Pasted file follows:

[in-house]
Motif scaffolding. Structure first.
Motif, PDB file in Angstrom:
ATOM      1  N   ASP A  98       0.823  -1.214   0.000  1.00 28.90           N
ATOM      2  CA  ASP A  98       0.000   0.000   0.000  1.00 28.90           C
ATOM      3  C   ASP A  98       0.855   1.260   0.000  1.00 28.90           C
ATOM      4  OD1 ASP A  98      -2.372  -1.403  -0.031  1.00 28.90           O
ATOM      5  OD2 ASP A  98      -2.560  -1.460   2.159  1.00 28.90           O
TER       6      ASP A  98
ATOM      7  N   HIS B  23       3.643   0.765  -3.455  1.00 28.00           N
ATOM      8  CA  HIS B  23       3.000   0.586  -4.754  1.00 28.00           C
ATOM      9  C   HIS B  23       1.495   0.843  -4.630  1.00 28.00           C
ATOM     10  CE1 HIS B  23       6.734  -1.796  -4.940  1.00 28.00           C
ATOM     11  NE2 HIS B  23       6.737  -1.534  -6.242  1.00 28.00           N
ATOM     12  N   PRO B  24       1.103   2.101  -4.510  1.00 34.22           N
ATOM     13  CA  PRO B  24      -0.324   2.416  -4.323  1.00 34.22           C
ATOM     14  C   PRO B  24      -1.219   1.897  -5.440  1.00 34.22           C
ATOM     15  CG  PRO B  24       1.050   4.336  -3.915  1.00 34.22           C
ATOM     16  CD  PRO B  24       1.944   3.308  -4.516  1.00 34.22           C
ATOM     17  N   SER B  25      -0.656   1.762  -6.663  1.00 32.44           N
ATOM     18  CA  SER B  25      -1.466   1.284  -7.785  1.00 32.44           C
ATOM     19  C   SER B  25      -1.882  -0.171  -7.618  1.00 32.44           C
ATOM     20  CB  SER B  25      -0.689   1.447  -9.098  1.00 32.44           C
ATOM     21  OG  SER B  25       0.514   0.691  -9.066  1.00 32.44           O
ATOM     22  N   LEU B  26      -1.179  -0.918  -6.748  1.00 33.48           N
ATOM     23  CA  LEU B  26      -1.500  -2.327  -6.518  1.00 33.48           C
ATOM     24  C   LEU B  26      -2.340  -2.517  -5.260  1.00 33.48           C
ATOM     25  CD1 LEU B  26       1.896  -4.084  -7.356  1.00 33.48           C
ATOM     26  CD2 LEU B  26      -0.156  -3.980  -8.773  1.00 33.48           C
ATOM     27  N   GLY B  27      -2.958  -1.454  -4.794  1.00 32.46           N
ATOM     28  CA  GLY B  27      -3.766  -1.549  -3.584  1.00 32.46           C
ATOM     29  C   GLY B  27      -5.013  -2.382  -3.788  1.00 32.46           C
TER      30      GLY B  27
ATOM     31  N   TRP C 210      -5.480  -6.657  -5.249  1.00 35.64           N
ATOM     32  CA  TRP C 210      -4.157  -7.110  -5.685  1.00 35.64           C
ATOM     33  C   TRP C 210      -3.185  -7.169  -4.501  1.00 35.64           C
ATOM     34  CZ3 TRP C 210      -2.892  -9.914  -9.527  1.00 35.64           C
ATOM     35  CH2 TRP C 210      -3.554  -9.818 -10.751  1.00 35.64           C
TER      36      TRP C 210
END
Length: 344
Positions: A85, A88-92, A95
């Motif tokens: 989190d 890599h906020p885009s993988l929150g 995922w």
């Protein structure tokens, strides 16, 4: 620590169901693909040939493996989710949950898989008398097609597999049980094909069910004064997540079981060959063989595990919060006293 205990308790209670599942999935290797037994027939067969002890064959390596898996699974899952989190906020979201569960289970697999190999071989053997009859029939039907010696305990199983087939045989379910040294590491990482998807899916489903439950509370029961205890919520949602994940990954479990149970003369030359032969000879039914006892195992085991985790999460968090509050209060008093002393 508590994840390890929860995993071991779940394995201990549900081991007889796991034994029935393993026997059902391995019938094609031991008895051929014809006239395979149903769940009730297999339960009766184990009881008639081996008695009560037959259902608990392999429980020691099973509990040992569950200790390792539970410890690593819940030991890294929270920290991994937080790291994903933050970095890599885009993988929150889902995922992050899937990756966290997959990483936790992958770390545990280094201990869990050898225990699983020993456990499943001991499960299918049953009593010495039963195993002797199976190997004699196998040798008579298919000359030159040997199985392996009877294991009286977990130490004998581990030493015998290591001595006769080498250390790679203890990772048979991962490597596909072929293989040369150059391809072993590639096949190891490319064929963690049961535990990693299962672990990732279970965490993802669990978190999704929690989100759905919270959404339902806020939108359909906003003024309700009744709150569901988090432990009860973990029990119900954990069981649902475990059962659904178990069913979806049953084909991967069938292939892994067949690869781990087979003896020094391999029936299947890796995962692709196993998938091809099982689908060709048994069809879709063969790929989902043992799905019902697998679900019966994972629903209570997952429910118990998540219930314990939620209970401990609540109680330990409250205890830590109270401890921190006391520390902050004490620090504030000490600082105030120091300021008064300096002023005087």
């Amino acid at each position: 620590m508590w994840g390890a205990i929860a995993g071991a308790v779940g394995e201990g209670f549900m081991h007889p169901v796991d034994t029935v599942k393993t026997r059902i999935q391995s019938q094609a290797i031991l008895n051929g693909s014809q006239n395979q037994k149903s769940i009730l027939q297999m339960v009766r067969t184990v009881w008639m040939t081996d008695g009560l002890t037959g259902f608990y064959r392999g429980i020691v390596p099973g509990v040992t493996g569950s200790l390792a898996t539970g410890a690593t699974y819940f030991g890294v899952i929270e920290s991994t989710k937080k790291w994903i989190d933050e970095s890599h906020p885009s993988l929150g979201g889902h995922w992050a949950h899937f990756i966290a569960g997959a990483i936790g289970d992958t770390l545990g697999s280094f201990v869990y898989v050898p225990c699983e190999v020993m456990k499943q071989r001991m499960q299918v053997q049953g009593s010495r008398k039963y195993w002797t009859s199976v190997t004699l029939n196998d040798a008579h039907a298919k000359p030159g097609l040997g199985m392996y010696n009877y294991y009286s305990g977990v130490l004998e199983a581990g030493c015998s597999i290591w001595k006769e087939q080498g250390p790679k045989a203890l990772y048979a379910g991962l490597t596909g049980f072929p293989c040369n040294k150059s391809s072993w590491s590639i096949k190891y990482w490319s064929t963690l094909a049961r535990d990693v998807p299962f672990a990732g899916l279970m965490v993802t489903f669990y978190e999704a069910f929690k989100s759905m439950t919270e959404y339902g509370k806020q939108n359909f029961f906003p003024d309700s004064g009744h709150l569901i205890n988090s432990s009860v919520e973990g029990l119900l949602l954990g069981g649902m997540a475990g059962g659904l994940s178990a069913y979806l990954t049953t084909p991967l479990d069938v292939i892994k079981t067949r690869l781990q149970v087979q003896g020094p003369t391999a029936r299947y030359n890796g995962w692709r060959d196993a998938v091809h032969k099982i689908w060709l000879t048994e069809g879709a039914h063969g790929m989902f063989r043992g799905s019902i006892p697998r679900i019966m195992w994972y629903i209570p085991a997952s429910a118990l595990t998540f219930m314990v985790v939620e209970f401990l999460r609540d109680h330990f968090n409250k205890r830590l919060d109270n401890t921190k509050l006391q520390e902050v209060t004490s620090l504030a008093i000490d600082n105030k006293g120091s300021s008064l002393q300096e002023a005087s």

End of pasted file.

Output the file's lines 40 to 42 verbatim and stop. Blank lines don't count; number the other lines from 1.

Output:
END
Length: 344
Positions: A85, A88-92, A95